Real estate-related companies have been the most prolific contributors to Schwarzenegger-controlled fundraising committees, giving a total of $6.2 million since Schwarzenegger took office, according to ArnoldWatch.org, a consumer watchdog organization that's been critical of Schwarzenegger's fundraising activities.
Financial services firms have come in a close second, giving $6 million.
Investment companies and accountants could stand to gain business if the Schwarzenegger-backed initiative to reform public pensions passes in a special election. The proposal calls for converting defined-benefit pensions to 401(k)-style plans, which would presumably be managed by private-sector firms.
Although real estate companies have little in direct gains from any of the initiatives Schwarzenegger has put forward, critics argue that they have specific agendas.
"The real estate industry and developers want to get rid of regulatory oversight of their industry and of what they see as restrictive environmental laws," said Doug Heller, executive director of the Foundation for Taxpayer and Consumer Rights. "They are pushing hard on Schwarzenegger and this is their way of helping him in order to buy responsiveness from his administration."
Scott denied that the real estate industry was out to gut environmental laws. But he noted that apartment owners would like to limit further regulations in other areas, such as rent control laws or bills increasing liability of apartment owners.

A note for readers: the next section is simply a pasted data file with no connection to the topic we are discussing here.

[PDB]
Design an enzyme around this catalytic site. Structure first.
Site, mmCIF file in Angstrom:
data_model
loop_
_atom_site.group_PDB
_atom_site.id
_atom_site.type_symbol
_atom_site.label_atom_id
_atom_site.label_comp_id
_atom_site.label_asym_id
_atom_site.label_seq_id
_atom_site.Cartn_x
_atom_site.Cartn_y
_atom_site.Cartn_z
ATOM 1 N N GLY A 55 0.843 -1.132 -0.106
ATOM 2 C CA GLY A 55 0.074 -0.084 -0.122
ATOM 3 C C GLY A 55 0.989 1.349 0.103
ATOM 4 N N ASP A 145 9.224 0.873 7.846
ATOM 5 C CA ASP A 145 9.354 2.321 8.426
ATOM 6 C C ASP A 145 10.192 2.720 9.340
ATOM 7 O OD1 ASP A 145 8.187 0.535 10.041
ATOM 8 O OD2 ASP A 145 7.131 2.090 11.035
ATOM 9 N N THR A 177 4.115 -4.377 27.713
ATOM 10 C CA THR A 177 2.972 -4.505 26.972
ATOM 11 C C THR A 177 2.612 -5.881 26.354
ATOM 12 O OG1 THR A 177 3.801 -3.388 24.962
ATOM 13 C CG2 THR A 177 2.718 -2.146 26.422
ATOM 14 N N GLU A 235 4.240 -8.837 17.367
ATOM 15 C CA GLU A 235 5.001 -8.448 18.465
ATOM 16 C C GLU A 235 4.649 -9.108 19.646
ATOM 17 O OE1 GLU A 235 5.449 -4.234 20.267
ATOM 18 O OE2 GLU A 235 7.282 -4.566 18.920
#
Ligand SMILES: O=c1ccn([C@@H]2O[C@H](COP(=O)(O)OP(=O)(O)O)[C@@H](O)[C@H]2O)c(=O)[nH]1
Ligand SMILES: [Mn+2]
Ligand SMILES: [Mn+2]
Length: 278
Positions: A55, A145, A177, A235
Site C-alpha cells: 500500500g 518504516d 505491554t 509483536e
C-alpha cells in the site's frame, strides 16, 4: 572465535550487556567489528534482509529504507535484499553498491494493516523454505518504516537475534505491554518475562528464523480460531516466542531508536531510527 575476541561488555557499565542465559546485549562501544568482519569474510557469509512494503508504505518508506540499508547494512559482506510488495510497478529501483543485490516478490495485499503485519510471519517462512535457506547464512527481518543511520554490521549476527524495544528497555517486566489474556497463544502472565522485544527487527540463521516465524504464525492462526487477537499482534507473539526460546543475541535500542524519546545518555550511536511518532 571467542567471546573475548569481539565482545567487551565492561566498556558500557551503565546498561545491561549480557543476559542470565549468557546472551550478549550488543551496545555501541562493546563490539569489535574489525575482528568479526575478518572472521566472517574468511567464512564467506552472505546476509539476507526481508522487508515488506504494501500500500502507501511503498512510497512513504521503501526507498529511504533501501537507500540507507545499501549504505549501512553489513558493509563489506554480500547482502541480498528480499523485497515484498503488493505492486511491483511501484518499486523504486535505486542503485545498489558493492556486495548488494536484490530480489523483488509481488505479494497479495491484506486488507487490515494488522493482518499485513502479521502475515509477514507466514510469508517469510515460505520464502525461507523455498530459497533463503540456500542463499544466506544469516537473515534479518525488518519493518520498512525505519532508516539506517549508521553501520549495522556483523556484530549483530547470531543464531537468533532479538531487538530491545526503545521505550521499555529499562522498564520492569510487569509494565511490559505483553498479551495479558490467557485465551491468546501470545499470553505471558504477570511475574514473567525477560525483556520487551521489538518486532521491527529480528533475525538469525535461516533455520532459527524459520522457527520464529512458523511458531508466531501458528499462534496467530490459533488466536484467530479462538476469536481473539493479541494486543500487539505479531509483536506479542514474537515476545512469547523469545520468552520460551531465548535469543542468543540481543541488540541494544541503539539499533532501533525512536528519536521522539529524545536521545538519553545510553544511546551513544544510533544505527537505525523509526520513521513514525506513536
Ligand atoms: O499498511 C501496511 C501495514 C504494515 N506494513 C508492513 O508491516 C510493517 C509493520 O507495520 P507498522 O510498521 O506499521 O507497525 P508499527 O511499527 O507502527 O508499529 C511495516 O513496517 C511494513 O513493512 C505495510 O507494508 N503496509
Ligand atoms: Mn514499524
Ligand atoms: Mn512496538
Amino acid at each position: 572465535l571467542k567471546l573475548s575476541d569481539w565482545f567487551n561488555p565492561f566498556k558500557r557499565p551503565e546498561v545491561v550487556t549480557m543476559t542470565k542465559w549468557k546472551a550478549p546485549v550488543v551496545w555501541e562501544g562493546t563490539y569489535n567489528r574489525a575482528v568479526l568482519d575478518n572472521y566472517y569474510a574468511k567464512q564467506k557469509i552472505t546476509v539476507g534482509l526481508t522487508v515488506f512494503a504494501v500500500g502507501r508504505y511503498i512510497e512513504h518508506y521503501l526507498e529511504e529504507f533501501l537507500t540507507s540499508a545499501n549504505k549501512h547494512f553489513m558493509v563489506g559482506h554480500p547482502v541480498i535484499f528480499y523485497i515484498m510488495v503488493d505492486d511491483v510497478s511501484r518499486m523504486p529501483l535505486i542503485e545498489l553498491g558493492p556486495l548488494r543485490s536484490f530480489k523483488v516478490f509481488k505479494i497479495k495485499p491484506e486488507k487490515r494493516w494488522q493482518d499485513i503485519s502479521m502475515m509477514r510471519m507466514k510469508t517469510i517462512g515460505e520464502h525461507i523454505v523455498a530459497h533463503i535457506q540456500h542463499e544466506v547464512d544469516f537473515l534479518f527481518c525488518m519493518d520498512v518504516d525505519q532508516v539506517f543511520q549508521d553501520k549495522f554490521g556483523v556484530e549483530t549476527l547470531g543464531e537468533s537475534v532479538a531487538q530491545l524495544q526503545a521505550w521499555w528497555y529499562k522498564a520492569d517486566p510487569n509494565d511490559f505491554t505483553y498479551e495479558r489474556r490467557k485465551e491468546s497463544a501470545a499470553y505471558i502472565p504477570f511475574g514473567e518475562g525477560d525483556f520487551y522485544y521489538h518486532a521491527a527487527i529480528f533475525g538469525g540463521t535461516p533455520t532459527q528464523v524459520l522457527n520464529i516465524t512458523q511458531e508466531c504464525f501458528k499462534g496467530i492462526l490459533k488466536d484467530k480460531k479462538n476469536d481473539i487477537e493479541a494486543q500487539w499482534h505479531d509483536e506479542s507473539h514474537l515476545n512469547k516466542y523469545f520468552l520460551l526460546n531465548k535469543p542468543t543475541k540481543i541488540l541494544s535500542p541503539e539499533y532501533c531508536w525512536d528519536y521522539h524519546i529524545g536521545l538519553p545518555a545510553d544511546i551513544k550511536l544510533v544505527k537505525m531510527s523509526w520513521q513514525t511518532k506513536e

The key, Scott said, is redistricting, which he believes would produce more moderate legislators. Schwarzenegger is pushing redistricting efforts through another committee.
There are some obvious beneficiaries. One is L.A. engineering firm Psomas, which has received numerous contracts to perform transportation-related work throughout the state.
Company founder Tim Psomas said the company decided to contribute in part because of a provision in the spending limit initiative that would ban diversions of money from special funds into the state's general fund budget.
One fund that has seen repeated diversions is Proposition 42 gas tax dollars. Voters approved the measure several years ago on the assumption that this money would go to congestion relief projects. Instead, the legislature has been diverting those dollars to the general fund.
"It's been very disappointing to see the money bleed off to fix problems that the voters didn't intend," Psomas said. "We want to see that funding restored. Infrastructure funding is a big deal for us, as it should be for all Californians."
But many investors and executives sound like Caruso, who said his decision to donate was based less on specifics than on a belief that California required fundamental change.
"The state is spending more than it's taking in and that cannot be sustained without disastrous consequences," he said. "We now have a unique opportunity with Schwarzenegger as governor to make changes that no other governor in recent history could have done."